I was not out, but I wanted to go somewhere where I could totally be myself. I hung out with some friends from college, including one who lived down the street, and I was chummy with the neighbors, but I was never totally myself. I am sure the more sophisticated friends had figured it out (I fit the stereotypes at that time, especially cowboy boots and opera), but my gay “life” was jacking off to John Rechy's The Sexual Outlaw (my first gay book; bought it at Barbara's Bookstore close to my place) and assorted jack off books. Even in a place where being gay did not necessarily mean persecution, I was afraid.
 

The Sexual Outlaw book cover

Barbara's Bookstore logo

On several Saturday nights, usually alone, I would say to myself, I'll just walk down the street to the adjacent suburb and go to that bar. The name of the bar was Nutbush. The innuendo escaped me at that time. I never went. My motivation for not going: how would I get home, what would happen to me sexually if I went, and what if someone saw me there. But the pull was there, because I both knew and felt that I could go there and let all inhibitions down. I had danced at straight discos, I had smoked pot at mixed parties, but I couldn't interact with a guy the way I wanted and needed to.
 

Vintage Nutbus bar ad

By the way, many years later I went to that Nutbush place with a couple of friends who lived in the liberal suburb, now an LGBTQ mecca. One of them said, “This place has always been a toilet.” Yes, it was one of those gay dive bars, a stale, nondescript place smelling of cheap beer and cigarette smoke. A safe space in some ways, perhaps, but not a social space where I could embrace the identity I was looking for.

Fast forward about four years, and I was sitting in one of the oldest gay bars in Chicago, many miles north in Rogers Park. It was called Charmers (it has since closed). This place was off the beaten gay neighborhood track at that time (most of the bars were further south in Lakeview). I made out with a guy, I sang opera in falsetto, and I got drunk. Note the getting drunk is last on the list. But I had arrived. And I knew by that time there was no going back.
 

Decor in Charmers' interior
Charmers interior

Now one doesn't have to go a bar to embrace one's identity. In fact, one doesn't have to necessarily go outside. That's a paradox. But why explore and embrace one's sexual identity primarily on a phone screen? We fought to be able to go outside. Without those bars, we wouldn't be holding hands on the street. Without the social structures those bars created, we wouldn't have survived AIDS. A gay bar is not “just” a bar.

Check out this moving documentary on the history of gay bars in San Diego.

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Coming Out in 1977: Viewing the Family Series Episode "Rites of Friendship"

posted by Madame Bubby

Family cast

I am surprised I did not remember this episode, as this series was approved viewing in our family (but then, maybe this particular episode was censored by the parents, as was the now legendary Maude obtains an abortion episode).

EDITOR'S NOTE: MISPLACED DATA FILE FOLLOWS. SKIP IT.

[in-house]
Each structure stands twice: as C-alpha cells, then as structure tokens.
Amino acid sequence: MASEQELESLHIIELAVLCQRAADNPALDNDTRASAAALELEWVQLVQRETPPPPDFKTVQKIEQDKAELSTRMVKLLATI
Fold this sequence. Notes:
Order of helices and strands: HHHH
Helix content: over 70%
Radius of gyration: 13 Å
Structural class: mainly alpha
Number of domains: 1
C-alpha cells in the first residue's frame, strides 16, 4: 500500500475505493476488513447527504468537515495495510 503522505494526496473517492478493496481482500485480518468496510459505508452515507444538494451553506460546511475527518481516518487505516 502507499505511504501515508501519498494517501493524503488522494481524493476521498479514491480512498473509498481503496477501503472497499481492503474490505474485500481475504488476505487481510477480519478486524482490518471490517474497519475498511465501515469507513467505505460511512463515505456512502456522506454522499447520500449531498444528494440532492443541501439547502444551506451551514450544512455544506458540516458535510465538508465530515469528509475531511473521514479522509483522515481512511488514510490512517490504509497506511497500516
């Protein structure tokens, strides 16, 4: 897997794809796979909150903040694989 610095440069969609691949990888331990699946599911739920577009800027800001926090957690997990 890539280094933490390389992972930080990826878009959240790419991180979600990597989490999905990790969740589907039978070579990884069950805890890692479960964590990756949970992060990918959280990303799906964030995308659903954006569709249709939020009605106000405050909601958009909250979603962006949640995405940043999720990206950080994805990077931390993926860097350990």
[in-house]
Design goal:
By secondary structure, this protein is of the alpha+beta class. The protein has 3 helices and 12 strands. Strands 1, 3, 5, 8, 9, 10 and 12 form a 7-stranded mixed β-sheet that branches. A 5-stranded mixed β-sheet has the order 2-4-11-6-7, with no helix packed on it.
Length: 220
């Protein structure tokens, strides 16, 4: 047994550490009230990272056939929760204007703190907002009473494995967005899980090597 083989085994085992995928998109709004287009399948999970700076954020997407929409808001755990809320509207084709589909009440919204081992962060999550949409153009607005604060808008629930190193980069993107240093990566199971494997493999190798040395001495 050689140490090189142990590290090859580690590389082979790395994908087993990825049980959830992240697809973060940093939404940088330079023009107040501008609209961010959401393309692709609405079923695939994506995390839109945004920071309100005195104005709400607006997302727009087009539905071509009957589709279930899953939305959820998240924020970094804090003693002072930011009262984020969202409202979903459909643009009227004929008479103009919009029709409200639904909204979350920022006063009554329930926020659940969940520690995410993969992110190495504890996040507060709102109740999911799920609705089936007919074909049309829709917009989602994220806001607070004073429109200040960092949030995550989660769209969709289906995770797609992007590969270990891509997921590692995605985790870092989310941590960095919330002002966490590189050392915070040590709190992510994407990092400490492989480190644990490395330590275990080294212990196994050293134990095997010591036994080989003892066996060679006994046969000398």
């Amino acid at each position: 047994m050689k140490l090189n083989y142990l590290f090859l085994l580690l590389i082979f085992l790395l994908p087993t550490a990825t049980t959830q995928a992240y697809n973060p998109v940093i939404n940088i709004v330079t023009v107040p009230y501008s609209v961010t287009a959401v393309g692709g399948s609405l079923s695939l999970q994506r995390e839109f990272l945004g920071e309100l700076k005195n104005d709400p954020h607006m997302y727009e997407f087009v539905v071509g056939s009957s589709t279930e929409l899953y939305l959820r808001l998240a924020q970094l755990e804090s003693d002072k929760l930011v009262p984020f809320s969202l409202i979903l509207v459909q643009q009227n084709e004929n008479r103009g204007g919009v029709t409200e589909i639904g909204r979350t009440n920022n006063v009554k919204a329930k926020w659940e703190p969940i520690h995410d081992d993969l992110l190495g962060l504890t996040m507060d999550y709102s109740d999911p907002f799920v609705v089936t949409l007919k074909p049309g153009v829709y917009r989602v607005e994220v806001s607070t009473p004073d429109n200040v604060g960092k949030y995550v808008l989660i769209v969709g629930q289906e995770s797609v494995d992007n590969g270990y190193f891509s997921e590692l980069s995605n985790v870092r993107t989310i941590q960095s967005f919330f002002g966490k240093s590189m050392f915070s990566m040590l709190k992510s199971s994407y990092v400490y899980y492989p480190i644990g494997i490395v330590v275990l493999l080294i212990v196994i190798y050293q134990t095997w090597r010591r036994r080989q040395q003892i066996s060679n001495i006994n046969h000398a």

Family began as a six-part miniseries, and then it expanded to several full seasons, running from 1976-1980, corresponding perfectly timewise to my puberty. The Lawrences, an upper-middle class family in Pasadena, California, endures many joys and sorrows.

The central focus of the show is the inimitable Sada Thompson, who captures the unique combination of reserve and empathy of the family’s matriarch, Kate Lawrence (and she is always impeccably coiffed, definitely a throwback to June Cleaver). James Broderick, the father of Matthew Broderick, plays Kate’s husband, Doug. Meredith Baxter Birney plays their “troubled divorcee single mother” daughter Nancy; the hot Gary Frank (an early crush of mine) plays their nonconforming (mostly, you will see) son Willie; and Kristy McNichol plays their energetic tomboyish younger daughter, Letitia (aka Buddy).
 

Sada Thompson
Sada Thompson

Though one might claim the overall WASP social class of this family limits the show really serving as an accurate lens for many of the more troubling social issues of the time, the show dared to address in a realistic, often unflinching manner alcoholism, adopted children looking for birth parents, extramarital affairs, and in this groundbreaking episode, homosexuality.

The main plot of this episode is actually quite straightforward: Willie’s best friend from elementary and high school, Zeke Remsen (played by the hunky Brian Byers), returns home from college. He gets arrested in a gay bar for fighting with a cop (genteel shades of Stonewall, perhaps). Doug, a lawyer, manages to bail him out, and eventually get the sentence waived. Of course the incident forces a coming out for Zeke, an extremely attractive “straight-acting” basketball jock. (Note that the character doesn’t fit the gay stereotype of the period, and that fact shows overall genteel social milieu of the show.) Doug and Kate are sympathetic in perhaps a rather noblesse oblige way, but, most significantly, Willie starts to shun, at first coldly and then angrily, his childhood best friend.